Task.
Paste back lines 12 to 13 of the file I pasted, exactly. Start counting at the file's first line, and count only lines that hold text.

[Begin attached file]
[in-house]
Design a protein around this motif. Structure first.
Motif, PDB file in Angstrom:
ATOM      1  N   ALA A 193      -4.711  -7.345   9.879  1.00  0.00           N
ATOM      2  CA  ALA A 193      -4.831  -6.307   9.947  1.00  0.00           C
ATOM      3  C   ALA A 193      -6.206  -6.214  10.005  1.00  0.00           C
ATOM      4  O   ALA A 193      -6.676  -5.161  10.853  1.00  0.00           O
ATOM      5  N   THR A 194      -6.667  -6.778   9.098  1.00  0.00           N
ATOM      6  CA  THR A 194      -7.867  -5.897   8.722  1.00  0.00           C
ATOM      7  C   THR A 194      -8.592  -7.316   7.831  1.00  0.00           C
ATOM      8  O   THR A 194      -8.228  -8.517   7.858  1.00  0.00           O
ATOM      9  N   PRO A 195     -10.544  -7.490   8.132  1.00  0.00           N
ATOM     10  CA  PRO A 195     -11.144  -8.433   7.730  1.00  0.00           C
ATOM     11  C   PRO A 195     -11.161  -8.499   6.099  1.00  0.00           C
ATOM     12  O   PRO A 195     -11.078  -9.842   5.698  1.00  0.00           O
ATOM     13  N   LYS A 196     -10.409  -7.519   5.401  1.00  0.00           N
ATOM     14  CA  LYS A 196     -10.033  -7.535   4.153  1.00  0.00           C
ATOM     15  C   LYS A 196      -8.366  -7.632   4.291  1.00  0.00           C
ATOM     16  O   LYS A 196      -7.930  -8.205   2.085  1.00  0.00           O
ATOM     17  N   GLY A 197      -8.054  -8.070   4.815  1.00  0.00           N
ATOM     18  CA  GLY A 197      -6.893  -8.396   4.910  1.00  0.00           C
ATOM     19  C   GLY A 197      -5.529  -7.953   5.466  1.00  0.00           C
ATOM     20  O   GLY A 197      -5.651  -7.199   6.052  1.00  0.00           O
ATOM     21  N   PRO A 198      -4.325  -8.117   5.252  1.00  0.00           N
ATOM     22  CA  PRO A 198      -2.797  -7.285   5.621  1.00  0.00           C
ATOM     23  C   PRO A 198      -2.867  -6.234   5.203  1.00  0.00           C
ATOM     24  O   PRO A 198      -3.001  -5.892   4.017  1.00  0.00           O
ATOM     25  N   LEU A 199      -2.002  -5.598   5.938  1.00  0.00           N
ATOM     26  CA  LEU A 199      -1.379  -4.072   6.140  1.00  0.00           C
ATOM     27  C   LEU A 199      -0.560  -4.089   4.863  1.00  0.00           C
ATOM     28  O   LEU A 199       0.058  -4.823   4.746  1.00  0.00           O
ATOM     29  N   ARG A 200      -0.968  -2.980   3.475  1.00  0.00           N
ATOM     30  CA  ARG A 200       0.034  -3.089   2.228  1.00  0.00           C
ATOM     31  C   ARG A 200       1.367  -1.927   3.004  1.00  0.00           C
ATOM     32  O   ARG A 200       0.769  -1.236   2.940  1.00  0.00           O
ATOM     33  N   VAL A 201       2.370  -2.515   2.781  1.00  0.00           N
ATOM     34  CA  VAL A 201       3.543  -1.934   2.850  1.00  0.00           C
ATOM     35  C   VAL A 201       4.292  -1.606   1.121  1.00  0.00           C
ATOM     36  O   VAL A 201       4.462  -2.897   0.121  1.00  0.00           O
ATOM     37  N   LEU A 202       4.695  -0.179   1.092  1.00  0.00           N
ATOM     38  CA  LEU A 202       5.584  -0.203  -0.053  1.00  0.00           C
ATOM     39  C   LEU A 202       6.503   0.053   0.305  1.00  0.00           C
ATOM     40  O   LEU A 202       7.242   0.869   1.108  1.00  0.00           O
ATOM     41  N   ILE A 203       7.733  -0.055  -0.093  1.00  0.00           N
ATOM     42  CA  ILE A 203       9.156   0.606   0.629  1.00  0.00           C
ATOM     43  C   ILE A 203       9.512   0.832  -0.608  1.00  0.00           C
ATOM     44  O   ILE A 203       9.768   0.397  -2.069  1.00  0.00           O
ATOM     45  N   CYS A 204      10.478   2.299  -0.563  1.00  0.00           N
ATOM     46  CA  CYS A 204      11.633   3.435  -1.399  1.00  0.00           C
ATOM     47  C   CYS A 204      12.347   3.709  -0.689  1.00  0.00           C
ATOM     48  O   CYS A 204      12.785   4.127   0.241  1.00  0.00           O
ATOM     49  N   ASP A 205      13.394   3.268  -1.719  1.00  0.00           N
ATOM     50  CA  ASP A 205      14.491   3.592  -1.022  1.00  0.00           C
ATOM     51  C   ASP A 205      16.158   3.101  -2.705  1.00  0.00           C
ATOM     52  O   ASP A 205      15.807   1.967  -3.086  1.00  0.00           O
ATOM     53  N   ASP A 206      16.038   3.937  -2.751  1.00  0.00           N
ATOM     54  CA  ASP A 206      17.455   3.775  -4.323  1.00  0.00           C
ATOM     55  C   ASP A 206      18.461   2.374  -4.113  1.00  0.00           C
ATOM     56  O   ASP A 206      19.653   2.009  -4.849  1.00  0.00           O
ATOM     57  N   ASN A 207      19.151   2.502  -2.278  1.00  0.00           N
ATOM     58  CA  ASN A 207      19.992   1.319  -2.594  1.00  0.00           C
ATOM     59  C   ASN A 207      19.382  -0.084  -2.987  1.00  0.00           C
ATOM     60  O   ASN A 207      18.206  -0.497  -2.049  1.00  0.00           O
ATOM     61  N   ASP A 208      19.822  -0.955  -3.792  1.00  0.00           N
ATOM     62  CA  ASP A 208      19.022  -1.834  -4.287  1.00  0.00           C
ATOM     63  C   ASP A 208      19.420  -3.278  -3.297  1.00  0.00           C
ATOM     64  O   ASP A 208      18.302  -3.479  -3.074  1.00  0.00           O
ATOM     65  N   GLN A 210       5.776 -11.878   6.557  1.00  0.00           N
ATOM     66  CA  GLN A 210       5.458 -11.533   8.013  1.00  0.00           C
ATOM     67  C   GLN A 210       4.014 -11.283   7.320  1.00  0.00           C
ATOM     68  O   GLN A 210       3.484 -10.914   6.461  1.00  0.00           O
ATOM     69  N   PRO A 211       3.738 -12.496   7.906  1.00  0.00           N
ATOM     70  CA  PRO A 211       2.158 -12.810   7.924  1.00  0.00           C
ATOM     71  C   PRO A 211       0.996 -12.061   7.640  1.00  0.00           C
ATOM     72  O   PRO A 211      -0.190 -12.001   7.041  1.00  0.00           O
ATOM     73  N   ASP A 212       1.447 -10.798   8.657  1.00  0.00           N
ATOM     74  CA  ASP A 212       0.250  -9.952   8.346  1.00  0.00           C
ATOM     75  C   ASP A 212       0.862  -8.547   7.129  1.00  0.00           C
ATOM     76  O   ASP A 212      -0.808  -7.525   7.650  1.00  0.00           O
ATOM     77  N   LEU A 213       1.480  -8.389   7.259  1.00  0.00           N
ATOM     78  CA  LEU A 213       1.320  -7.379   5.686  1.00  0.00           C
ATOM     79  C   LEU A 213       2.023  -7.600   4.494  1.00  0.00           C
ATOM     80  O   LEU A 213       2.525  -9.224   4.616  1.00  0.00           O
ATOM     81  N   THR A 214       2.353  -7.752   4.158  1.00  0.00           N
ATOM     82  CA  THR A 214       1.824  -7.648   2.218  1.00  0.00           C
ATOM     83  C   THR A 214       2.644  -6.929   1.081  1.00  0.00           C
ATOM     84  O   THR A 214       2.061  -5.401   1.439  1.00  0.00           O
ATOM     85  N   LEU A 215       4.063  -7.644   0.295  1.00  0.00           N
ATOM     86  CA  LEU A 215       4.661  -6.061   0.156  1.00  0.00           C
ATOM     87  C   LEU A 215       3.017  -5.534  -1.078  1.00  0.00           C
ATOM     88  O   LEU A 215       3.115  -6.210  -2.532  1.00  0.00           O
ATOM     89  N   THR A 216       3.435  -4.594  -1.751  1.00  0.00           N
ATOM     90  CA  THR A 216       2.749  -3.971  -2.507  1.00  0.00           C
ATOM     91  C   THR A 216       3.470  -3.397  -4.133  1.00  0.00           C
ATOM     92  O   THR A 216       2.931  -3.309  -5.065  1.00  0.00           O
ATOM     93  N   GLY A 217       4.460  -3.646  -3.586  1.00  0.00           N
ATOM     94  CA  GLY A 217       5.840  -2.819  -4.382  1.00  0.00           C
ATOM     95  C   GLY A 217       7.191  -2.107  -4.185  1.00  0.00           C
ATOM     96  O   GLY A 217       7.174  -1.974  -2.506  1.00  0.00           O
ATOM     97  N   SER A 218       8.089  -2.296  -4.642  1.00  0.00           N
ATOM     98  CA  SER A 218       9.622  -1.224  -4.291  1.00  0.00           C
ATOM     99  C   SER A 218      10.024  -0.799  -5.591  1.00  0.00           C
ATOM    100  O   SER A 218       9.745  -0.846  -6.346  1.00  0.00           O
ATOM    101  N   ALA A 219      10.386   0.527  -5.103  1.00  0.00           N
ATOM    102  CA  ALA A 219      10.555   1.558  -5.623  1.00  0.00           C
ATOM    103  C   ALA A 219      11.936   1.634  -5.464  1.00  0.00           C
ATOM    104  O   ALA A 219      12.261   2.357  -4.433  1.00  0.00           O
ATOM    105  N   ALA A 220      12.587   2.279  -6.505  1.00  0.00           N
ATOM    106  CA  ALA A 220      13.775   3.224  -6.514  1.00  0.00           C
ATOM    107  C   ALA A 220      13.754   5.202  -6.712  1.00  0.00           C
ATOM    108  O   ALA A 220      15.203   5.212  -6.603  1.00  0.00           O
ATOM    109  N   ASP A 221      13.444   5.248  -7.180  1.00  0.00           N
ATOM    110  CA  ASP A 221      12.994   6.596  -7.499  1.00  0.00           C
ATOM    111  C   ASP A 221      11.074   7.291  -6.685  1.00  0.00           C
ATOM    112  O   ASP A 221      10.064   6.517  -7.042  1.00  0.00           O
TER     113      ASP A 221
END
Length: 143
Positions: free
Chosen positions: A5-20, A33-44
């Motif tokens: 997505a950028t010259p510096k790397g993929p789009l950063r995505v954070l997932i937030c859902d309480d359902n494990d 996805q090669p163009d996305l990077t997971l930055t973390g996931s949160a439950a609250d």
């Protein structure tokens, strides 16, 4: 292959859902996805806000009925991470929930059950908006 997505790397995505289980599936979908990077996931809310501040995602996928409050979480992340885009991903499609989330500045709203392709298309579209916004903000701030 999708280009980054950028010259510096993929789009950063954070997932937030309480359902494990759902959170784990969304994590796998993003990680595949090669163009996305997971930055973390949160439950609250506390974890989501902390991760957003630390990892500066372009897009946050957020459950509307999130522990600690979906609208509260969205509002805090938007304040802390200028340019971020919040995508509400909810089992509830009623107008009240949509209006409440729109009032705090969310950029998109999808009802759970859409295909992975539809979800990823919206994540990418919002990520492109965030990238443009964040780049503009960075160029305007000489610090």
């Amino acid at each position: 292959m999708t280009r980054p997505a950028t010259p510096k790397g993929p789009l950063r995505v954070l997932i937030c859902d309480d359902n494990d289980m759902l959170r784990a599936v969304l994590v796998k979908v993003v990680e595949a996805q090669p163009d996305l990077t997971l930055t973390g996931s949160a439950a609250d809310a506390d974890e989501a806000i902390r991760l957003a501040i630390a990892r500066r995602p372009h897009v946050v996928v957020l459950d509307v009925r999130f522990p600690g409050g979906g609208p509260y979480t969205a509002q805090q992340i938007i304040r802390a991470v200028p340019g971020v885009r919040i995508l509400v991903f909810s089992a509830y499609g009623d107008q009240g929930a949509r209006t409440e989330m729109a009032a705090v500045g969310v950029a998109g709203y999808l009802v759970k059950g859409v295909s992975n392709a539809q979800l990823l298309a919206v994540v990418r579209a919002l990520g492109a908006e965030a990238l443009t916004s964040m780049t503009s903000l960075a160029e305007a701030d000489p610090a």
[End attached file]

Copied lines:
ATOM      9  N   PRO A 195     -10.544  -7.490   8.132  1.00  0.00           N
ATOM     10  CA  PRO A 195     -11.144  -8.433   7.730  1.00  0.00           C